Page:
Crash tested van racking
How we crash test our van racking systems
There are a number of different ways to conduct tests for safety. Some companies conduct tests using computer simulations and calculations. Others perform their own crash testing with their own set goals and criteria. For us, there is only one way. By adhering to international standards and having the testing done by an independent, approved testing institute. The French institute work related accidents , INRS, has established the only standards in the world for the crash testing of van racking systems. These tests are extremely stringent. For instance, they require a higher collision speed, and much more highly specified payload weights than the previous norms for seats and other components.
When we conducted our first crash test on our van racking systems
We performed our first crash test in 2001 at Milbrook in the UK, in compliance with ECR R17.07. Crash tests, requirements and references have changed over the years. Since then, we have conducted testing on a regular basis.
For our latest crash test, we engaged the services of the independent French testing institute, Valutec, test our van racking systems according to INRS NS286, with the same excellent results as in all the earlier tests.
The way we are cras testing our van racking systems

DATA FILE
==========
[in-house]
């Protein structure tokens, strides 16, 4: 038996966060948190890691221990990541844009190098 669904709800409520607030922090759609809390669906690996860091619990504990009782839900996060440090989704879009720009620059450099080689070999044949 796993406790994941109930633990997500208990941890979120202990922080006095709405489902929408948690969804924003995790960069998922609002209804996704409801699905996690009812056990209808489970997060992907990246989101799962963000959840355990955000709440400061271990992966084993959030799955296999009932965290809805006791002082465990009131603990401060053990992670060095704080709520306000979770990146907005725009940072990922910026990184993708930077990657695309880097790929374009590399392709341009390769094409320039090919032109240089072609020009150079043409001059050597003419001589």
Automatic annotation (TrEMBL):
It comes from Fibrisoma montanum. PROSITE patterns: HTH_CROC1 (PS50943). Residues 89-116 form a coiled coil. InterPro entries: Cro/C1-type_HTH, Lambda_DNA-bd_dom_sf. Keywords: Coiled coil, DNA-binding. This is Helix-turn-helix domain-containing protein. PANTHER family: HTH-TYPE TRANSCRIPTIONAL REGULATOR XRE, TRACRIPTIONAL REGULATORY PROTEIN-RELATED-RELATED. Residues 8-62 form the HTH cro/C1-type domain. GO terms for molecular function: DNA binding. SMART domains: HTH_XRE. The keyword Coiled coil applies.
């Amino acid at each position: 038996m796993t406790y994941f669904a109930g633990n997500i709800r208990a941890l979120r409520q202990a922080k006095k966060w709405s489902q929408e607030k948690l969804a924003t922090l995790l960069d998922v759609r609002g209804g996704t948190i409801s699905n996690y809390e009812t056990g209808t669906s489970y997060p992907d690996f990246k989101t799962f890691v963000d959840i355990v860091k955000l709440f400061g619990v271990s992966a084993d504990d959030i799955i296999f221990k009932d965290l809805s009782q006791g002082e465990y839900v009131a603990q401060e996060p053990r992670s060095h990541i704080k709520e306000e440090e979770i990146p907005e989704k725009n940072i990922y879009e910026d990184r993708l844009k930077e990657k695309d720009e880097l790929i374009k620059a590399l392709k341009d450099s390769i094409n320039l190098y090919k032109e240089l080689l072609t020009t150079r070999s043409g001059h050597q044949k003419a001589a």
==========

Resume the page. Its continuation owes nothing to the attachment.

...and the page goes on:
The van racking systems were installed on a crash sled in the same way it is installed in a vehicle. Shelves and cassettes were then loaded with weights that are cut to 80 % of the length of the shelf or cassette. This was all done to produce the highest possible stress. The crash sled was then transported at a speed of just over 50 km/hour straight into a concrete wall. Due to the weights on the shelves and in the cassettes, there is a second blow from behind, fractions of a second after the initial impact in just the same way as it would occur in your own van in a collision.
INRS is a large (700 employees) French institute for the prevention of workplace accidents. Their persistent efforts to develop a unified set of standards for crash testing of vehicle interiors started in 2007. Payload weights for shelves and trays are carefully specified and installation must be carried out following the usual mounting instructions. The load at the time of the crash must be a minimum of 25 G. Most testing institutes are convinced that the incredibly difficult INRS NS286 specification will become a standard for vehicle racking systems throughout Europe, such as Euro NCAP.